Everyday, how we choose to use our brains shapes the brain we will have tomorrow. This seemingly self-evident fact was unknown 50 years ago. With the discovery of neuroplasticity, each of us has become responsible for the quality of mind we have.
Cognitive psychologists cut the brain’s functions up in all kinds of ways. One of these linguistic categories is what is called sustained attention. This is our ability to keep our attention on a specific object for extended periods of time.
We live in a world where we’re asked to keep our attention fixed on all sort of things that don’t really interest us, but the consequences for not being able to do this can lead to wrecked cars, unemployment, and unsatisfied lovers.
Researchers have found that this skill can be improved, and that meditation is how to do this.
Clifford Saron and Alan Wallace studied people who went on a 3 month meditation retreat where they were asked to pay attention to their breathing for 5 hours a day. Through using a battery of tests, they found that these meditators had a huge boost in their ability to sustain their attention without losing focus, and that these attention benefits lasted even after 5 months after the retreat ended.
It’s a safe bet almost no one who is reading this will go on a 3 month meditation retreat and attempt to focus their attention on their breath for 5 hours a day, but this study is a proof of concept.
If you make meditation a daily practice, and you seek to bring your awareness to your breath, each time your mind wanders and you bring it back, you’ve sculpted your brain just a little. The brain you’re training today will be the improved brain you have tomorrow.
How Should I Meditate?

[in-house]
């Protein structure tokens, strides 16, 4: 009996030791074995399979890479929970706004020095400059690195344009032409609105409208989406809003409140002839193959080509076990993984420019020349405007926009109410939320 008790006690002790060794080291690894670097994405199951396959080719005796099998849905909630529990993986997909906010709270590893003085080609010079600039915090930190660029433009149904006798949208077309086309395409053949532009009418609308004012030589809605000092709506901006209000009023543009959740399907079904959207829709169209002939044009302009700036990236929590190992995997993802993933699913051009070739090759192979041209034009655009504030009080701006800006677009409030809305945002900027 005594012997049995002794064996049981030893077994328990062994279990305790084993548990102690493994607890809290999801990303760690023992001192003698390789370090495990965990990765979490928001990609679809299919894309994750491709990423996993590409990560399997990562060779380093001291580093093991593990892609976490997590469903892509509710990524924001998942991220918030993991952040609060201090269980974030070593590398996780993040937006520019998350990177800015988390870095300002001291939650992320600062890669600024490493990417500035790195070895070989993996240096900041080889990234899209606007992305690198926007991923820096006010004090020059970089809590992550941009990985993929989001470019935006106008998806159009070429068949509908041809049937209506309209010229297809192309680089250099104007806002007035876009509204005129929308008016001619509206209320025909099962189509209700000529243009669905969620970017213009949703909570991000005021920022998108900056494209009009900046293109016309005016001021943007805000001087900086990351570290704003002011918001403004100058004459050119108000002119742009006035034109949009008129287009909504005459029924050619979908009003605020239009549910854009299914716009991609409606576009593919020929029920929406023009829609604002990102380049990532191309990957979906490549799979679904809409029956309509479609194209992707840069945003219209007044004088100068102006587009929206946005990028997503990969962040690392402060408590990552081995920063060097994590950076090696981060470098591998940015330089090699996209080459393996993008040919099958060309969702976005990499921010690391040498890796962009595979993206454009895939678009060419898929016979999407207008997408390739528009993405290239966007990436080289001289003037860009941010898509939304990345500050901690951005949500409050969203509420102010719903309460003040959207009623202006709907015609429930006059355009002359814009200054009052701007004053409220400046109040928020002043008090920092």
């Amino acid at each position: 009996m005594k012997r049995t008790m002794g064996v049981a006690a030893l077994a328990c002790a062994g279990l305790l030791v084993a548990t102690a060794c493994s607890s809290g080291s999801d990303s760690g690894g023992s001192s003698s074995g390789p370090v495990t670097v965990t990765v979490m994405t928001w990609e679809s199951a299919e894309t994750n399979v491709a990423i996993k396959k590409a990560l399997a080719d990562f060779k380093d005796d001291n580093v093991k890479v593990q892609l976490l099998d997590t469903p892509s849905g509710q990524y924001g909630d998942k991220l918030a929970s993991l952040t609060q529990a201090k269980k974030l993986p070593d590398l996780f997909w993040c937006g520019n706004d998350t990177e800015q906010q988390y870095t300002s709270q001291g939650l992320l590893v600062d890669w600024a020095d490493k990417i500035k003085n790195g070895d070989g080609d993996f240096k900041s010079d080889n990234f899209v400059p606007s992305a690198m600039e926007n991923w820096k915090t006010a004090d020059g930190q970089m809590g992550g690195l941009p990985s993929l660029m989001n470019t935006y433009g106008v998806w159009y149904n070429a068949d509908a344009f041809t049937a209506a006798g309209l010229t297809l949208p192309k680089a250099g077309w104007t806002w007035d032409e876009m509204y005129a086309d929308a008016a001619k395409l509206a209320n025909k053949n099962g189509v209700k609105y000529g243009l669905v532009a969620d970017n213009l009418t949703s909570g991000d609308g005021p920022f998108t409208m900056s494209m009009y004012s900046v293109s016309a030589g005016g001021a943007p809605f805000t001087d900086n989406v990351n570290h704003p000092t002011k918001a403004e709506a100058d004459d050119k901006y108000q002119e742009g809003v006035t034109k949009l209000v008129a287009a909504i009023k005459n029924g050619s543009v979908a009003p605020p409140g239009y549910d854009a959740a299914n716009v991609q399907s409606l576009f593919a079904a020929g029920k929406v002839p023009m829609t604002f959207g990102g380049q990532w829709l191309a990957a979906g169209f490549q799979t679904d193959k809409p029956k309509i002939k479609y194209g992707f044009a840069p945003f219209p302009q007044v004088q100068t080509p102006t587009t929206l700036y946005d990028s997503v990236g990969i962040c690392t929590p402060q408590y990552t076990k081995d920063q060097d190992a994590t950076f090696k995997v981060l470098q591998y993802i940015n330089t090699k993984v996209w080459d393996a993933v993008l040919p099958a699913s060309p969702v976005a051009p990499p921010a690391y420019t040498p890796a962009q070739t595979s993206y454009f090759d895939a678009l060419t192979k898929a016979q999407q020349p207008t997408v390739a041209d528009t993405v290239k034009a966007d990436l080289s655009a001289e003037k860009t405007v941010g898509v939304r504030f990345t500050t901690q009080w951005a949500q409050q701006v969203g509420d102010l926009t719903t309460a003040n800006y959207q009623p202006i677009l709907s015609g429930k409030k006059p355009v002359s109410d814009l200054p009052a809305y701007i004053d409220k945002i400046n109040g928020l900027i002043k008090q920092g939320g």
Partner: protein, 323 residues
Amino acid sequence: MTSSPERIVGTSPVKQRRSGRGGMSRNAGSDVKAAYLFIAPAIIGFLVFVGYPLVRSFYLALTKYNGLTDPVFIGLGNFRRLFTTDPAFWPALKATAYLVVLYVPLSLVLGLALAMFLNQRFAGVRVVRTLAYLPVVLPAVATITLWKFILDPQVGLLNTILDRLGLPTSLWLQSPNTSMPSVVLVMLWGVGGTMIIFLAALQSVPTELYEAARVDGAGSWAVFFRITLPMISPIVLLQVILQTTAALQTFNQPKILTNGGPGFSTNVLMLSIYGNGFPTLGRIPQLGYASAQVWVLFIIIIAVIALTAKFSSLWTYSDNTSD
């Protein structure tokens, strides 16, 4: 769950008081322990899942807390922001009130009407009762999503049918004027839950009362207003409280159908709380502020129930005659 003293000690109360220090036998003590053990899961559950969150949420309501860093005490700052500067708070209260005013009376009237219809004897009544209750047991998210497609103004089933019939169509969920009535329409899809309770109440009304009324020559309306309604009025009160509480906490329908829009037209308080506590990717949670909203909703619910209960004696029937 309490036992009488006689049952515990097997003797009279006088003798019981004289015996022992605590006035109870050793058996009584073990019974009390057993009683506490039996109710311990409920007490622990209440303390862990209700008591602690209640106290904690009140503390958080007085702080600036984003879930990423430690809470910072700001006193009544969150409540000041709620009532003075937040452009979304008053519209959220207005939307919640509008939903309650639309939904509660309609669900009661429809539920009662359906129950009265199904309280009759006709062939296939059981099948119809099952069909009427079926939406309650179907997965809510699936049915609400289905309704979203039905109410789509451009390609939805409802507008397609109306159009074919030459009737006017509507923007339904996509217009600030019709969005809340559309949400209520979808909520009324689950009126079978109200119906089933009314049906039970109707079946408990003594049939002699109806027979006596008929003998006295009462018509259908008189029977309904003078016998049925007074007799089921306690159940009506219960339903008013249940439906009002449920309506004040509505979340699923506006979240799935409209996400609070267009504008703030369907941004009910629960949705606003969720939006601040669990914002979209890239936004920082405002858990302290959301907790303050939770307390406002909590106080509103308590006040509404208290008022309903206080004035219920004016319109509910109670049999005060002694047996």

Keep it simple. First thing when you wake up, set a timer for 5 minutes. Sit in whatever position is comfortable (I prefer position 4 with a pillow underneath instead of a stool.)
Choose to attempt to keep your awareness on the sensation of breathing.
Within seconds, you’ll notice you’ve began thinking about something. Your awareness has slipped from your breath into this thought stream.
This is actually the most important part of meditation. When you’ve noticed your awareness has slipped away, gently note what thought took you away (example: planning, back pain, last night’s dinner,) and return awareness to your breath.
This is it! It is that simple, and that devastatingly difficult.
The nature of (a part) of your mind is to produce thoughts as relentless as your heart beats. It is like an advisor to the King who is neurotically trying to offer the King advice. Before meditating, you’ll be unaware of how often you let this advisor determine how you rule. With a meditation practice, you begin to see that the advisor is insane, but genuine, and that you should be much more discriminate about which thoughts you accept to influence how you rule.
This ability to recognize which thoughts are worth your attachment, seems to be the same brain function that helps us not instinctually react to the maelstrom of push notifications that scream for our primordial threat detection program to activate.
More Meditation Research
If you’re slightly insane like I am, and you want to review over 50 of the best studies looking at the benefits of meditation, I’ve created just such an article.
I truly think meditation is THE Metaprogramming foundation habit. Love you and Namasteezy.